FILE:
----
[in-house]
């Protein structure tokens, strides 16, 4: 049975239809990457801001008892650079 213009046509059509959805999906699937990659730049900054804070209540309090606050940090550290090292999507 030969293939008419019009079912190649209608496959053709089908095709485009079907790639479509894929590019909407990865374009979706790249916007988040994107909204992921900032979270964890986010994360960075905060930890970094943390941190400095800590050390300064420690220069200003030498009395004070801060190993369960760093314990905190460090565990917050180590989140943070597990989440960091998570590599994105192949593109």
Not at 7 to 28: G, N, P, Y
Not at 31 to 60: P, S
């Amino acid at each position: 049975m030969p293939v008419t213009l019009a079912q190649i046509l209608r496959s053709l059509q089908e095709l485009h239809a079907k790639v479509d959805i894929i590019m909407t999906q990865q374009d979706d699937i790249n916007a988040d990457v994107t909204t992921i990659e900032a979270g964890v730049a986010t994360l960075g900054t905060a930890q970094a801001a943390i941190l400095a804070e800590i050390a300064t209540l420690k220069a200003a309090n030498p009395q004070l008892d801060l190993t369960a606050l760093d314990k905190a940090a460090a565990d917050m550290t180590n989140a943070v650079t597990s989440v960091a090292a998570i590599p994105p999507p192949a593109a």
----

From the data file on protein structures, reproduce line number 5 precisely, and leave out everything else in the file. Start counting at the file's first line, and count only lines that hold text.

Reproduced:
């Amino acid at each position: 049975m030969p293939v008419t213009l019009a079912q190649i046509l209608r496959s053709l059509q089908e095709l485009h239809a079907k790639v479509d959805i894929i590019m909407t999906q990865q374009d979706d699937i790249n916007a988040d990457v994107t909204t992921i990659e900032a979270g964890v730049a986010t994360l960075g900054t905060a930890q970094a801001a943390i941190l400095a804070e800590i050390a300064t209540l420690k220069a200003a309090n030498p009395q004070l008892d801060l190993t369960a606050l760093d314990k905190a940090a460090a565990d917050m550290t180590n989140a943070v650079t597990s989440v960091a090292a998570i590599p994105p999507p192949a593109a």